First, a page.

“Tetsujiro Furukawa’s principles of management boil down to the practicing of what the Ohmi Merchants came to realize as their core values; ‘secret benefaction’ and ‘considering the interests of the seller, the buyer, and the society,’” said Dr. Hideki Usami of Shiga University, an expert in the history of commerce. “Throughout his career, Furukawa pursued a way of doing business, which would also benefit the customers. That is, making deals in accordance with their financial health while never acting in a way that would ruin their businesses.”

Historically speaking, the Ohmi Merchants are generally defined as successful traders of the Edo period (1603-1867), who were natives of Ohmi, the northeast region of Shiga. They were known for their ability to build successful businesses in places away from their home base. In fact, the roots of many of Japan’s leading companies today lead back to the Ohmi Merchants.

Building a dream school

Furukawa wanted to expand his horizons further. He joined his younger brother Yoshizo to go on a 7-month tour to visit America and Europe. In his book, “A Peep Into the Lives of Peoples—A Record of my Travels Around the Globe,” Yoshizo Furukawa wrote about the factories and department stores they visited, where his brother was impressed by their productive operations and efficient management.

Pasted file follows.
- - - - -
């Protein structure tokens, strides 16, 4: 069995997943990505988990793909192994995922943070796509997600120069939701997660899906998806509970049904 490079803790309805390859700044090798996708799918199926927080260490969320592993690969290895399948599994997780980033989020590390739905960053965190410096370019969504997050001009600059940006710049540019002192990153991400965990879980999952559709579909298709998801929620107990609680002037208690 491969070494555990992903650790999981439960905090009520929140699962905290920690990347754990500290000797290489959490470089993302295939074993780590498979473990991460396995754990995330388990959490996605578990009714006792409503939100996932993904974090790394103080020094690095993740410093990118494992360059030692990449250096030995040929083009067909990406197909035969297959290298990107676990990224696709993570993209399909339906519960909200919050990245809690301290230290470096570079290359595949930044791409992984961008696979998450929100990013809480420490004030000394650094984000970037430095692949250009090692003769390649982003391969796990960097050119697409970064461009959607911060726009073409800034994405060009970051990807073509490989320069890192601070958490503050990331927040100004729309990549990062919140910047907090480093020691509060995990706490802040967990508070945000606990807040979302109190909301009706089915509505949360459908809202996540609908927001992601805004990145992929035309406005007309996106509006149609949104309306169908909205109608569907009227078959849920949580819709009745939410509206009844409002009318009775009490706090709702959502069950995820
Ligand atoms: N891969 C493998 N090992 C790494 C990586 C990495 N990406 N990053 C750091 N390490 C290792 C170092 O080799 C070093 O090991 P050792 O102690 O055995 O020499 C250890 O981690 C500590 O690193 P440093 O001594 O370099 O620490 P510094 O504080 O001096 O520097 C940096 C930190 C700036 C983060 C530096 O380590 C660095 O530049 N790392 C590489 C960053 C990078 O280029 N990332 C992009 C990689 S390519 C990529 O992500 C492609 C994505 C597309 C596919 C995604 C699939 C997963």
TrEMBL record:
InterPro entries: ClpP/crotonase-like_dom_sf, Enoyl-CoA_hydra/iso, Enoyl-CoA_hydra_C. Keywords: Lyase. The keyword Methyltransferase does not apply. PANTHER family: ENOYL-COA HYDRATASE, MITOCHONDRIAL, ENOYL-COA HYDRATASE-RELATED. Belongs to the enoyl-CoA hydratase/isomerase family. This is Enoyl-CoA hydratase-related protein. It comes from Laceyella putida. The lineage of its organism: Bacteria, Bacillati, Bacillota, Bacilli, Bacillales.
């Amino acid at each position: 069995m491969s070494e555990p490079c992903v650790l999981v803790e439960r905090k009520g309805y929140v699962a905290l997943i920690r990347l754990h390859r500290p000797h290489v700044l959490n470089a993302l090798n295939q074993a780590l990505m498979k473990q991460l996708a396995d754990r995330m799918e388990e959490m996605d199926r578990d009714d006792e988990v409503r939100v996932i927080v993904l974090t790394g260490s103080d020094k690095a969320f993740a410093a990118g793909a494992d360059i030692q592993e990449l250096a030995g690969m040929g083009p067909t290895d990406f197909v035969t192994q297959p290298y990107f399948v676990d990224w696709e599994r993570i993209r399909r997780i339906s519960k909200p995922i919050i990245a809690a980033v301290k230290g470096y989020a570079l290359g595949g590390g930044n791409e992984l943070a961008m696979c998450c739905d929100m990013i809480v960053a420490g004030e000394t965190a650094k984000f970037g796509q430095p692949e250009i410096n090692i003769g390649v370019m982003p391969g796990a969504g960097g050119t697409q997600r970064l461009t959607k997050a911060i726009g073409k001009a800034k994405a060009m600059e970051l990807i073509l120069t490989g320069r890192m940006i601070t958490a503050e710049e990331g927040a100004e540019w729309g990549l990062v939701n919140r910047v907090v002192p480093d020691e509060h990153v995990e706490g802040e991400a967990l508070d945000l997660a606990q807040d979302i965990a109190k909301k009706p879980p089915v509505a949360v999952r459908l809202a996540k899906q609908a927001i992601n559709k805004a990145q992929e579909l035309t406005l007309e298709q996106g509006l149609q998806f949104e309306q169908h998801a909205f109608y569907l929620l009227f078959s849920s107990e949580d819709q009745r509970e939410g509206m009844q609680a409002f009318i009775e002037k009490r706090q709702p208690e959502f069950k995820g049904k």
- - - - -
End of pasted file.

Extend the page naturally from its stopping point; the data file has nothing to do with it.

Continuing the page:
During their stay in America, the Furukawa brothers were most profoundly inspired by Stanford University, which was founded on the philanthropy of Leland Stanford, a railroad tycoon, and his wife Jane. They donated an immense amount of money to build an educational institution as a memorial for their beloved son, who died very young.

Yoshizo wrote that the Japanese should follow the example of the Stanfords in seeking altruistic means of spending money. “While a number of people have made a fortune, few people have dispensed their wealth in a sensible manner,” he wrote. “Wealthy individuals in Japan blindly stick to the idea of preserving the wealth they created by passing it on to their children. As a consequence, their heirs will become frivolous squanderers.”

The legacy of the Stanfords struck a chord in Tetsujiro Furukawa, who had embraced the key principle of the Ohmi Merchants: The money you made in society should be plowed back into society. Furukawa was galvanized into action. In order to build his ideal school, he purchased a piece of land and paid all of the construction costs out of his own pocket.

“Furukawa believed that the school should be built in the most ideal way,” Dr. Usami explained. “So, he took this stance: ‘I want to leave it entirely in the hands of an expert, who can do that. I will never interpose myself into the project.’”

The tortoises and hares are laid out along the handrail of each stairway, reproducing the scenes from the fable. The tortoise, our protagonist, who can only take a small, slow step at a time, moves up the handrail as he continues to look up at the hare ahead of him. The brass tortoises have become mottled with green under the touch of many small hands over the years.

Finally passing the sleeping hare at the top of the handrail, the tortoise admires the spectacular view through a large window.